France to reduce visas for North Africans in migration spat

International
French President Macron delivers a speech at the national convention on mental health and psychiatry in Paris

French President Emmanuel Macron delivers the closing speech at the national convention on mental health and psychiatry at the Ministry of Solidarity and Health in Paris, Tuesday, Sept. 28, 2021. Psychology appointments in France will be funded by the government starting next year, the president announced Tuesday, amid growing awareness of the importance of mental health. (Gonzalo Fuentes/Pool Photo via AP)

PARIS (AP) — France will reduce the number of visas issued to people in North Africa because governments there are refusing to take back migrants expelled from France.

The move announced Tuesday comes amid pressure from far-right politicians on centrist President Emmanuel Macron to implement tougher immigration rules and creates new tensions between France and its North African neighbors. Morocco’s foreign minister slammed the decision as “unjustified.”

Starting in a few weeks, the French government plans to slash the number of visas given to Algerians and Moroccans by half, and to Tunisians by 30%, according to government officials.

All three countries were part of France’s colonial empire, and many Europe-bound migrants and other visitors coming from those North African nations have family or other ties in France.

French spokesperson Gabriel Attal told Europe-1 radio that France decided to take action because Algeria, Morocco and Tunisia have refused recently to provide consular documents for their citizens being deported from France after arriving illegally. Virus travel restrictions have also complicated such return efforts.

A senior official in the French presidency said France notably wants North African countries to take back people flagged for extremism, and expressed hope that a solution can be found soon.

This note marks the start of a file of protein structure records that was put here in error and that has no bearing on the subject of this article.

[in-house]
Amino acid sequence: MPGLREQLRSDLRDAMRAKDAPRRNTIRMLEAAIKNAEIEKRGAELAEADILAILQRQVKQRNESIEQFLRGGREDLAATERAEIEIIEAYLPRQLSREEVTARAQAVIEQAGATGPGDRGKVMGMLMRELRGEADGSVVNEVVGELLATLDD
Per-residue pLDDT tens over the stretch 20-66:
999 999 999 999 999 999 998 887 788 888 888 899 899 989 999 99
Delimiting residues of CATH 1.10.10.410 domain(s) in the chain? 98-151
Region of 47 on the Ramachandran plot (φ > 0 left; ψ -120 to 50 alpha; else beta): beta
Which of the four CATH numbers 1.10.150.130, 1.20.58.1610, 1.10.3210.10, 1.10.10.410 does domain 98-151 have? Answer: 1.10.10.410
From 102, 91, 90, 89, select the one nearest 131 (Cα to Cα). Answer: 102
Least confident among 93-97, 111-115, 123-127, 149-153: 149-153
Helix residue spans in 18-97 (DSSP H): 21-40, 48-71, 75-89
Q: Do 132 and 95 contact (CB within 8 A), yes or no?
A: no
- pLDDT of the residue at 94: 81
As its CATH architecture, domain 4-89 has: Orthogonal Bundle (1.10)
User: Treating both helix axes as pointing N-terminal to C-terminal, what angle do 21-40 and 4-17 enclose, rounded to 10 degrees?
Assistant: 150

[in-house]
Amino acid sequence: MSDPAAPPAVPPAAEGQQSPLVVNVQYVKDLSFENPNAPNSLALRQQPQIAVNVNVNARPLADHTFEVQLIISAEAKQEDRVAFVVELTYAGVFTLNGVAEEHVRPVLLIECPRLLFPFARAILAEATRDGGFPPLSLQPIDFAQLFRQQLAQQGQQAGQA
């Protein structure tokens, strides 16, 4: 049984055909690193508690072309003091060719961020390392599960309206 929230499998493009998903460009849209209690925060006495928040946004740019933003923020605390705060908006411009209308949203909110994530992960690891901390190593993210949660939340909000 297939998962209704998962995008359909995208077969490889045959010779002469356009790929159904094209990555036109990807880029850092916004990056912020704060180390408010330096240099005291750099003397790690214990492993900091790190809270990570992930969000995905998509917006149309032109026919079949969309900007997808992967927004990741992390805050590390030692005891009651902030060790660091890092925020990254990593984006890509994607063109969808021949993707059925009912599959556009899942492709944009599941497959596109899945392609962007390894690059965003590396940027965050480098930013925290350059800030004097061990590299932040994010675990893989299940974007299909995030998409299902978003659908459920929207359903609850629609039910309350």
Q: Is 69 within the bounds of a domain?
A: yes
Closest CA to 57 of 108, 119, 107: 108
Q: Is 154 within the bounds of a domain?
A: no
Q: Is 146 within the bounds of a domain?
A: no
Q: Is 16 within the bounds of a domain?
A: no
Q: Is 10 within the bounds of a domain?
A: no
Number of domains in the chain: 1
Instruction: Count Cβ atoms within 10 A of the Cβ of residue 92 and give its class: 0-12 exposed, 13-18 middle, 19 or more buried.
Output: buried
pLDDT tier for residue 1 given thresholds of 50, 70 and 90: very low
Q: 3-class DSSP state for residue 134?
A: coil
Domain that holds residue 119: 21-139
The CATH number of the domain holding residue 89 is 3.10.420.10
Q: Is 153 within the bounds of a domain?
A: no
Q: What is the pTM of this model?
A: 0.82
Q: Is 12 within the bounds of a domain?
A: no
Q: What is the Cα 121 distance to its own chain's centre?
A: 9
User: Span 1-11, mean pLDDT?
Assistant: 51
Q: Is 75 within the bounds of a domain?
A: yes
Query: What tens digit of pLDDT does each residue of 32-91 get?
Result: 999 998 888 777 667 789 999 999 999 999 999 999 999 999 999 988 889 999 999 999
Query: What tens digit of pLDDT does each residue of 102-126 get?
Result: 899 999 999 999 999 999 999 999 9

Attal said France has been trying to reach a diplomatic solution since it passed a tougher immigration law in 2018. Between January and July, French judicial authorities ordered 7,731 Algerians to leave French territory because they didn’t have residency authorization but only 22 departed because many lacked the necessary documents from Algeria, Europe-1 reported.

Moroccan Foreign Minister Nasser Bourita said his country has issued 400 consular documents to Moroccans being expelled from France, but the number was limited because many of them refused to take a virus test, which is required to re-enter Morocco.

That is “the problem of France, which must deal with it,” Bourita told a news conference in Rabat.

He said Morocco is trying to seek “the necessary balance between facilitating the movement of people, whether students, businessmen and those wishing to benefit from medical services, and combating clandestine immigration.”

Tunisia took a more conciliatory public stance. President Kais Saied’s office said: “We are among countries that are cooperative in this domain, and we have excellent relations with France.”

The French announcement comes as politicians on the right and far right are pushing for tougher immigration rules in advance of France’s April presidential election. Macron is expected to announce a reelection bid.

Far-right presidential candidate Marine Le Pen gave qualified backing to the visa reduction but suggested that Macron’s government waited too long before acting. Le Pen was Macron’s main rival in the 2017 election and is seen as his principal opponent if he runs again.

“For a long, long, long, long time, I have been asking that steps be taken to oblige certain countries to respect international law,” she said, naming Algeria and Tunisia. “I am pleased that the president of the republic heard me. I find it’s a bit late.”

Le Pen was speaking in Paris at a press conference about her plans, if elected, for a referendum on her proposals for a “drastic reduction” of immigration to France.

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Tarik El Barakah in Rabat, Morocco, Bouazza ben Bouazza in Tunis, Tunisia, and Sylvie Corbet and John Leicester in Paris contributed.

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